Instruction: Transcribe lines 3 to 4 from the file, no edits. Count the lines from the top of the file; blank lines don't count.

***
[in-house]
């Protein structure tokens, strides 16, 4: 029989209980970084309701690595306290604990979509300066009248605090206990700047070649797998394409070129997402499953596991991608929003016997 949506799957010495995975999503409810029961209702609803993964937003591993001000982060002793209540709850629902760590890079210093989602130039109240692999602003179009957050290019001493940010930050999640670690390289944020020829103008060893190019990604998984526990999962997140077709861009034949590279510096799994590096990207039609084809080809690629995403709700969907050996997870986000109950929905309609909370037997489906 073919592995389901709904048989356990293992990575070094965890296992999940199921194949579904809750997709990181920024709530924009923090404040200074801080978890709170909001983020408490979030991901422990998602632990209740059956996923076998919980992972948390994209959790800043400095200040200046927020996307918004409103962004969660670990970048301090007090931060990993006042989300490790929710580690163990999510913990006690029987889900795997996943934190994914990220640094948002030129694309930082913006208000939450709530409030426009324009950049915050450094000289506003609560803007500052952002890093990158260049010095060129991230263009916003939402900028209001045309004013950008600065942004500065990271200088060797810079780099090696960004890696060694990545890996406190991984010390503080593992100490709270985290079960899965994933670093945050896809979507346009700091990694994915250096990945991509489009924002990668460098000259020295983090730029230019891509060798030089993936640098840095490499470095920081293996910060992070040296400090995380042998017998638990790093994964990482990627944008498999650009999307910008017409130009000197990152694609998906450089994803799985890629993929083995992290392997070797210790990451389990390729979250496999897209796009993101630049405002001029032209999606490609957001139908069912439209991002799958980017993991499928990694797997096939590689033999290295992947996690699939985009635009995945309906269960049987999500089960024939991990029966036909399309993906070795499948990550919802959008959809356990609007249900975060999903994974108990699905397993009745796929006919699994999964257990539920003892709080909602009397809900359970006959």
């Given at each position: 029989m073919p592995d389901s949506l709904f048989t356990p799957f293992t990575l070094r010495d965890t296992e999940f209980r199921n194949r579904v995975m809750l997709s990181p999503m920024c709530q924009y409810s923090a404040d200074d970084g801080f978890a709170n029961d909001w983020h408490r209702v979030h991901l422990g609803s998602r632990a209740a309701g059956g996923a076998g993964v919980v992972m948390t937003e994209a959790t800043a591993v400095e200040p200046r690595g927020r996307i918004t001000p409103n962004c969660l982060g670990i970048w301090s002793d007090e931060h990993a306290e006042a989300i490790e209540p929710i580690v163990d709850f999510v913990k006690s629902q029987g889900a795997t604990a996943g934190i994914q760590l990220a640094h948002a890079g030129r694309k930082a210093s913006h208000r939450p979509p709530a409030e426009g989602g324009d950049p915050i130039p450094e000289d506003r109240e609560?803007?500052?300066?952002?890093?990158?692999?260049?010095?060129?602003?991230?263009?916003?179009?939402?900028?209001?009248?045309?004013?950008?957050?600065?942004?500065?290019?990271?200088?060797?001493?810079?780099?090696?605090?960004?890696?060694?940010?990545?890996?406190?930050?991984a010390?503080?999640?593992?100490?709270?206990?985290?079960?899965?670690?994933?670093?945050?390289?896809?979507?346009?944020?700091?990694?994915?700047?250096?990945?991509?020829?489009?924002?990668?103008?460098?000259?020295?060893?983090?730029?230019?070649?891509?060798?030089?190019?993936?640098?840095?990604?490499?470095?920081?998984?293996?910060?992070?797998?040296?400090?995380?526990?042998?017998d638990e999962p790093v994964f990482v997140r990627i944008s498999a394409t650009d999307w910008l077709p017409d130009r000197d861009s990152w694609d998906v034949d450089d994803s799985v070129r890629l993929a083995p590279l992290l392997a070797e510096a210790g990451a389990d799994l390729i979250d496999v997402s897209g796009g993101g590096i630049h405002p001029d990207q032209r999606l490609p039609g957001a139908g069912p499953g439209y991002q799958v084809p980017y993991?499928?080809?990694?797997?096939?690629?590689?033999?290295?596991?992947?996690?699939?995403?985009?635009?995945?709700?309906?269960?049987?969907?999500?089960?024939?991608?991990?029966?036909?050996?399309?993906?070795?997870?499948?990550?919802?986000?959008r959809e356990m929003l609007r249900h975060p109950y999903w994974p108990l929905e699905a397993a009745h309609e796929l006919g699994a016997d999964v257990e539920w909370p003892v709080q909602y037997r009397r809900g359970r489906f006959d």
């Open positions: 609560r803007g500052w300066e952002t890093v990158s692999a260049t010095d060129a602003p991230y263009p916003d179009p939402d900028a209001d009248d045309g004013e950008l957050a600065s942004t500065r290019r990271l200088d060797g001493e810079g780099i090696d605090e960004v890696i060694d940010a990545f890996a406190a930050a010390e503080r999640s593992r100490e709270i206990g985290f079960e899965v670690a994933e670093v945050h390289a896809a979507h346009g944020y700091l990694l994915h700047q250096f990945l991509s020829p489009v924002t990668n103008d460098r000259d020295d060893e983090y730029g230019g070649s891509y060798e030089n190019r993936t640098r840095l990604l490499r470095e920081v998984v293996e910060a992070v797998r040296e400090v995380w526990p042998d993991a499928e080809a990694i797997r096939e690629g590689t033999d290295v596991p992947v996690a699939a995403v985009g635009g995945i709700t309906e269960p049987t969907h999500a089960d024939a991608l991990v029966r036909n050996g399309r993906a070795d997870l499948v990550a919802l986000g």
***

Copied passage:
């Given at each position: 029989m073919p592995d389901s949506l709904f048989t356990p799957f293992t990575l070094r010495d965890t296992e999940f209980r199921n194949r579904v995975m809750l997709s990181p999503m920024c709530q924009y409810s923090a404040d200074d970084g801080f978890a709170n029961d909001w983020h408490r209702v979030h991901l422990g609803s998602r632990a209740a309701g059956g996923a076998g993964v919980v992972m948390t937003e994209a959790t800043a591993v400095e200040p200046r690595g927020r996307i918004t001000p409103n962004c969660l982060g670990i970048w301090s002793d007090e931060h990993a306290e006042a989300i490790e209540p929710i580690v163990d709850f999510v913990k006690s629902q029987g889900a795997t604990a996943g934190i994914q760590l990220a640094h948002a890079g030129r694309k930082a210093s913006h208000r939450p979509p709530a409030e426009g989602g324009d950049p915050i130039p450094e000289d506003r109240e609560?803007?500052?300066?952002?890093?990158?692999?260049?010095?060129?602003?991230?263009?916003?179009?939402?900028?209001?009248?045309?004013?950008?957050?600065?942004?500065?290019?990271?200088?060797?001493?810079?780099?090696?605090?960004?890696?060694?940010?990545?890996?406190?930050?991984a010390?503080?999640?593992?100490?709270?206990?985290?079960?899965?670690?994933?670093?945050?390289?896809?979507?346009?944020?700091?990694?994915?700047?250096?990945?991509?020829?489009?924002?990668?103008?460098?000259?020295?060893?983090?730029?230019?070649?891509?060798?030089?190019?993936?640098?840095?990604?490499?470095?920081?998984?293996?910060?992070?797998?040296?400090?995380?526990?042998?017998d638990e999962p790093v994964f990482v997140r990627i944008s498999a394409t650009d999307w910008l077709p017409d130009r000197d861009s990152w694609d998906v034949d450089d994803s799985v070129r890629l993929a083995p590279l992290l392997a070797e510096a210790g990451a389990d799994l390729i979250d496999v997402s897209g796009g993101g590096i630049h405002p001029d990207q032209r999606l490609p039609g957001a139908g069912p499953g439209y991002q799958v084809p980017y993991?499928?080809?990694?797997?096939?690629?590689?033999?290295?596991?992947?996690?699939?995403?985009?635009?995945?709700?309906?269960?049987?969907?999500?089960?024939?991608?991990?029966?036909?050996?399309?993906?070795?997870?499948?990550?919802?986000?959008r959809e356990m929003l609007r249900h975060p109950y999903w994974p108990l929905e699905a397993a009745h309609e796929l006919g699994a016997d999964v257990e539920w909370p003892v709080q909602y037997r009397r809900g359970r489906f006959d």
């Open positions: 609560r803007g500052w300066e952002t890093v990158s692999a260049t010095d060129a602003p991230y263009p916003d179009p939402d900028a209001d009248d045309g004013e950008l957050a600065s942004t500065r290019r990271l200088d060797g001493e810079g780099i090696d605090e960004v890696i060694d940010a990545f890996a406190a930050a010390e503080r999640s593992r100490e709270i206990g985290f079960e899965v670690a994933e670093v945050h390289a896809a979507h346009g944020y700091l990694l994915h700047q250096f990945l991509s020829p489009v924002t990668n103008d460098r000259d020295d060893e983090y730029g230019g070649s891509y060798e030089n190019r993936t640098r840095l990604l490499r470095e920081v998984v293996e910060a992070v797998r040296e400090v995380w526990p042998d993991a499928e080809a990694i797997r096939e690629g590689t033999d290295v596991p992947v996690a699939a995403v985009g635009g995945i709700t309906e269960p049987t969907h999500a089960d024939a991608l991990v029966r036909n050996g399309r993906a070795d997870l499948v990550a919802l986000g």